Pentagon OKs continued design work on Navy warship
WASHINGTON (Reuters) – The Defense Department has
authorized Northrop Grumman Corp. and General Dynamics Corp. to
continue design work on the new Navy DD(X) destroyer while
Congress and Defense Department officials decide the fate of
the program, a spokeswoman said on Monday.
Pentagon acquisitions chief Kenneth Krieg signed a
memorandum late on Friday authorizing the Navy to continue
giving the two companies contracts for preliminary design work
on the ships, said spokeswoman Cheryl Irwin.
She noted that detailed design work would begin after a
so-called “Milestone B” decision that would move the new
program into the new phase of development.
“This just allows the program to continue until the
Department of Defense leadership and Congress decide about the
future of the program,” said a Navy spokeswoman.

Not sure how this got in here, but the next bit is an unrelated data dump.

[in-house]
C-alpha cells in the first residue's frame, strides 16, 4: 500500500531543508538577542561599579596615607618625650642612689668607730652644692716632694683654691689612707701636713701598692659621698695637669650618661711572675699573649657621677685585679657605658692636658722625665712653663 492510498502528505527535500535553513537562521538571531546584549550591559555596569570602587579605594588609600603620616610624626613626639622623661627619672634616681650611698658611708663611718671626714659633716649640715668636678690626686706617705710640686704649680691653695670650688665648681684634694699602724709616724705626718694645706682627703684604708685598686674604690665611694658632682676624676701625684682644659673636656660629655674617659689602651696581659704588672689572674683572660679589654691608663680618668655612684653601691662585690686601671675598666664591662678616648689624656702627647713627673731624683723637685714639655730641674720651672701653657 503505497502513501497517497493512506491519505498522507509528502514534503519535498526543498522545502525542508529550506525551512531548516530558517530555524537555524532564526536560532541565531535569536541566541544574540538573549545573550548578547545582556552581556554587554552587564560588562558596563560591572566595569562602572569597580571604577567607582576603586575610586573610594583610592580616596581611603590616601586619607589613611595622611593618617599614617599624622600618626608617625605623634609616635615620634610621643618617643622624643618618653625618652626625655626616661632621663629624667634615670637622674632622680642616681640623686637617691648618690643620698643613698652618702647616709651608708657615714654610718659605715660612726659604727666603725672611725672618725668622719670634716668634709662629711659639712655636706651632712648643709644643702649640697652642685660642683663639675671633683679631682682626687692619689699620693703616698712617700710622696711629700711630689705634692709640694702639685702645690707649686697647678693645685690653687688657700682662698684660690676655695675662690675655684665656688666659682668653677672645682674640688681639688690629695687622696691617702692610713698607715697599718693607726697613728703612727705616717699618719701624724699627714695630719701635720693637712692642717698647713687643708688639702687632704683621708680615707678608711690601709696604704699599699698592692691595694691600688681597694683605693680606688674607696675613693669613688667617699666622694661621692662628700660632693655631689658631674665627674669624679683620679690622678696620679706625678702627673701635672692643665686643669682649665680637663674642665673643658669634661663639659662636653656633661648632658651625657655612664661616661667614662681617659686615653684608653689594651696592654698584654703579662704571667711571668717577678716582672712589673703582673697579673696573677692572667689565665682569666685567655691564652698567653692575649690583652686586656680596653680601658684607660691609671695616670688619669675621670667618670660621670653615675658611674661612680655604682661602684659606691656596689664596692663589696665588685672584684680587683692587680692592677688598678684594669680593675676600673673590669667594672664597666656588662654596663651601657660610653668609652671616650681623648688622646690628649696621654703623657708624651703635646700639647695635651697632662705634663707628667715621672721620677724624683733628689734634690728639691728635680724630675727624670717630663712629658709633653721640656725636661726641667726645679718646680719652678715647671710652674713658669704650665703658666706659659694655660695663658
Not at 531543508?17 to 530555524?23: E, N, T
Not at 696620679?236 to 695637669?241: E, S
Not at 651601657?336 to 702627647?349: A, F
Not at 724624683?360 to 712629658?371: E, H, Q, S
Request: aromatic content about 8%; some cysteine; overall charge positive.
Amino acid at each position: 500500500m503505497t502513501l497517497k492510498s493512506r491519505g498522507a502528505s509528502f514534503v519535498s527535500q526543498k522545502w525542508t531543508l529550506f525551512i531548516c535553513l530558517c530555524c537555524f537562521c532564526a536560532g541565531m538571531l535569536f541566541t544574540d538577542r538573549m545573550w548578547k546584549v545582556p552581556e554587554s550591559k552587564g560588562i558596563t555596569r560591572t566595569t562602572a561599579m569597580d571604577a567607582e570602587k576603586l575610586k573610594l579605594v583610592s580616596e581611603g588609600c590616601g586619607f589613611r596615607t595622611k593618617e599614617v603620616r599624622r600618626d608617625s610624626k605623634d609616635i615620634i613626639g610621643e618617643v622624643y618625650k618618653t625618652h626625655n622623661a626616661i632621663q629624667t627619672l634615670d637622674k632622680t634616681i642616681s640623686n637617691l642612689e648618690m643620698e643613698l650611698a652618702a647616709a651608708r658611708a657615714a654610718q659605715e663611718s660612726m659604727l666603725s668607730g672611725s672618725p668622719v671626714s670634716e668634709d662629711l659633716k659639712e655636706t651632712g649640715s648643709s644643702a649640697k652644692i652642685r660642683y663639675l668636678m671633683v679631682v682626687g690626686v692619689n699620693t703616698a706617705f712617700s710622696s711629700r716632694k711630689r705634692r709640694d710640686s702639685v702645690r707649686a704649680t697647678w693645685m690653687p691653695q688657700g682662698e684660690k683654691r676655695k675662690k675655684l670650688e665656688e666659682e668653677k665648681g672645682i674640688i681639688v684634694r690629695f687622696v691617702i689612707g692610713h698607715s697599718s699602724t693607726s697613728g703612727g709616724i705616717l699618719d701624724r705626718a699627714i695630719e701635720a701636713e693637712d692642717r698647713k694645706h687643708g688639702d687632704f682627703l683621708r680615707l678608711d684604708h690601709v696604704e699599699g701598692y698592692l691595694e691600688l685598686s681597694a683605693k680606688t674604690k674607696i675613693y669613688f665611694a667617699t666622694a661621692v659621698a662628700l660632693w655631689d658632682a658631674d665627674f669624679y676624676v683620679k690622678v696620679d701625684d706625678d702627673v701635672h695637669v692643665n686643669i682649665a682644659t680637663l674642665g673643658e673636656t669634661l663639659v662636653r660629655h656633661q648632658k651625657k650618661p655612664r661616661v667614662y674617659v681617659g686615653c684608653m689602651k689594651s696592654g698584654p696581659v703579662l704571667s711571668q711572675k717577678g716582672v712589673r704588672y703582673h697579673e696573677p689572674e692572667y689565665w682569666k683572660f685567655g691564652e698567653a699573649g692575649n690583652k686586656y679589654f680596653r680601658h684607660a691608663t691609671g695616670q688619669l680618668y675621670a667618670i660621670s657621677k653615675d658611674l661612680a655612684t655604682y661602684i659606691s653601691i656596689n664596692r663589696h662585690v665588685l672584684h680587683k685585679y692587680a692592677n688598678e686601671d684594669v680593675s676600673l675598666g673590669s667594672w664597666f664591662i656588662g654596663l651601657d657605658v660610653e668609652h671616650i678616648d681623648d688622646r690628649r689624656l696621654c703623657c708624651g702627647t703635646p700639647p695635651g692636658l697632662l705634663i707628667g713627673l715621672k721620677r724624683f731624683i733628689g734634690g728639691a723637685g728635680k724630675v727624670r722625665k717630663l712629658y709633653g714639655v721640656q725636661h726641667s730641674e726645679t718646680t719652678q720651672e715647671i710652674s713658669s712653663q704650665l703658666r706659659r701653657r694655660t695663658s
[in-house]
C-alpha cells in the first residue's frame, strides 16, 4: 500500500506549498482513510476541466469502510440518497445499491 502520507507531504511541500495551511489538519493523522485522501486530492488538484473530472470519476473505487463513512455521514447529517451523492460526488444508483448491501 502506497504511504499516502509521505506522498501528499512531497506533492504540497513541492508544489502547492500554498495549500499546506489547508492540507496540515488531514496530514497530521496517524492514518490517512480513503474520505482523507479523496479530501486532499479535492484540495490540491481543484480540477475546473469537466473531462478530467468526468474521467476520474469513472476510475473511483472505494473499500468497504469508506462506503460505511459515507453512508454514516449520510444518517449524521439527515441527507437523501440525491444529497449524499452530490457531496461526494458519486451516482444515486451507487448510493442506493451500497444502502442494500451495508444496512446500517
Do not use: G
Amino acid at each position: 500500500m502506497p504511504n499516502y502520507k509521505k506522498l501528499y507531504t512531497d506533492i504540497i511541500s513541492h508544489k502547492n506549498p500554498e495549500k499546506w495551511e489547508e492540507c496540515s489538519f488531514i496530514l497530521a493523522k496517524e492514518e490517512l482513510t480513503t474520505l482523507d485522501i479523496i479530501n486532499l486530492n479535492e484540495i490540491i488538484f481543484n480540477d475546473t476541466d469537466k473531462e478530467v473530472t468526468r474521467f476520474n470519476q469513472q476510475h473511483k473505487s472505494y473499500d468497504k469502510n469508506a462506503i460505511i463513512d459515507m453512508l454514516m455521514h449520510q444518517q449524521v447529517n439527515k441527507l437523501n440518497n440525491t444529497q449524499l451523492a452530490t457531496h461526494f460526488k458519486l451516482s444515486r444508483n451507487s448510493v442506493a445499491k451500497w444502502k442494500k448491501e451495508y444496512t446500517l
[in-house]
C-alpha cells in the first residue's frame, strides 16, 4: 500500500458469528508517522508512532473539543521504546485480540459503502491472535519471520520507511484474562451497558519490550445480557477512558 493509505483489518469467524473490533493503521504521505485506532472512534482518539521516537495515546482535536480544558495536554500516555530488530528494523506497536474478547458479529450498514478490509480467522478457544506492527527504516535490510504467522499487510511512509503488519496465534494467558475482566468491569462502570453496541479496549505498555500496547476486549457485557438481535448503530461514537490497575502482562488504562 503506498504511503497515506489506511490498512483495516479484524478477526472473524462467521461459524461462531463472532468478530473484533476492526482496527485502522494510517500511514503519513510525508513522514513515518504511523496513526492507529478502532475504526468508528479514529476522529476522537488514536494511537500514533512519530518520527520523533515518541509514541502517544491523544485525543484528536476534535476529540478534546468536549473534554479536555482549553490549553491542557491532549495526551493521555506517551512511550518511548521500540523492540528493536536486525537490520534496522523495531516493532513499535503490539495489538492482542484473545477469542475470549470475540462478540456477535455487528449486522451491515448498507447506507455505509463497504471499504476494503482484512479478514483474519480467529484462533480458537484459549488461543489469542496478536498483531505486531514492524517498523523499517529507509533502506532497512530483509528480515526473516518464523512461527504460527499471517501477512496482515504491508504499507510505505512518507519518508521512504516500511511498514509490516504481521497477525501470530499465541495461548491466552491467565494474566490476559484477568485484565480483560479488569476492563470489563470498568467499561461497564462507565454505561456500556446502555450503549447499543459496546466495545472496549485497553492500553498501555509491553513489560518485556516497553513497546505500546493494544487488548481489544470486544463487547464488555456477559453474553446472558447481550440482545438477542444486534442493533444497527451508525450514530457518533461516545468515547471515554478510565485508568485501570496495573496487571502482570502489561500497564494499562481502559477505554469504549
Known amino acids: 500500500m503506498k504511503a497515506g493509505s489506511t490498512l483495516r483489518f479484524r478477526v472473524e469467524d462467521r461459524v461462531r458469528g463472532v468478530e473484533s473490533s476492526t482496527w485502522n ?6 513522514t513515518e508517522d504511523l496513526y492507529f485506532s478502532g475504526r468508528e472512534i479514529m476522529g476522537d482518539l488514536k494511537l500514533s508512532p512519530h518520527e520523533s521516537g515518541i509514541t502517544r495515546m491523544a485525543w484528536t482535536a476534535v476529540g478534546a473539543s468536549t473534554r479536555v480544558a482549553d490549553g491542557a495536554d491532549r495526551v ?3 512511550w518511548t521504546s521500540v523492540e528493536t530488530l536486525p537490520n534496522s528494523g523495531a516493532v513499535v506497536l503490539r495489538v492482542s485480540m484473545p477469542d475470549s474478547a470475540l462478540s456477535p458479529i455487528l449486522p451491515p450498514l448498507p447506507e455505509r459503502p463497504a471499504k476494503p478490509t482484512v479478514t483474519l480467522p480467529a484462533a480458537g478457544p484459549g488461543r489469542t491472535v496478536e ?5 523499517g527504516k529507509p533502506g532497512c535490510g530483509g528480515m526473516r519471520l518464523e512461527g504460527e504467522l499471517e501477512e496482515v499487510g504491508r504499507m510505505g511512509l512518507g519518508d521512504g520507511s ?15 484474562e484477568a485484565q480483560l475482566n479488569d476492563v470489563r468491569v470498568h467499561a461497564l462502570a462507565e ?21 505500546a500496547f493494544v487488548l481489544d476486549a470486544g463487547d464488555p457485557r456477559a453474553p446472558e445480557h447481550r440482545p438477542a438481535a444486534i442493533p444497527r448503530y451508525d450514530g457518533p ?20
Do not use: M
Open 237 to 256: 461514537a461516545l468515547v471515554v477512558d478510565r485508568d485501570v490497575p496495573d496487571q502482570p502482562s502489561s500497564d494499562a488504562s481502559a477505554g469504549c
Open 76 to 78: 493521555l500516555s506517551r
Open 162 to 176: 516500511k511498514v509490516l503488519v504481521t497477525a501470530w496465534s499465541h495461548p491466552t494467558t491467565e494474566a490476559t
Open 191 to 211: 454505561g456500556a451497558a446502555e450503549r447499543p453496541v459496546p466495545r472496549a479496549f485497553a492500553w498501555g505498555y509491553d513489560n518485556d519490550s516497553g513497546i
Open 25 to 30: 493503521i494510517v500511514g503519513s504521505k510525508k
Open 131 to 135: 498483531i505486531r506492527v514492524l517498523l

Analysts for the Congressional Budget Office told U.S.
lawmakers last month the cost of building the first new DD(X)
destroyer could be up to $4.7 billion, above an upper limit of
$4 billion to $4.5 billion set by the Pentagon.
But Krieg told the same hearing that the new ship was
needed to deal with future military threats and would cost less
to operate in the long run than the older DDG destroyers.
Northrop Grumman, with a shipyard in Pascagoula,
Mississippi, had a leading role in designing the DD(X).
The Navy wants to acquire eight to 12 DD(X) ships, with
Northrop and General Dynamics and its shipyard in Bath, Maine,
initially set to split the production work.
Given rising costs, the Navy suggested a competition
between the two shipyards for production work, although that
proposal raised concerns in Congress over whether it would
maintain sufficient U.S. shipyard capacity.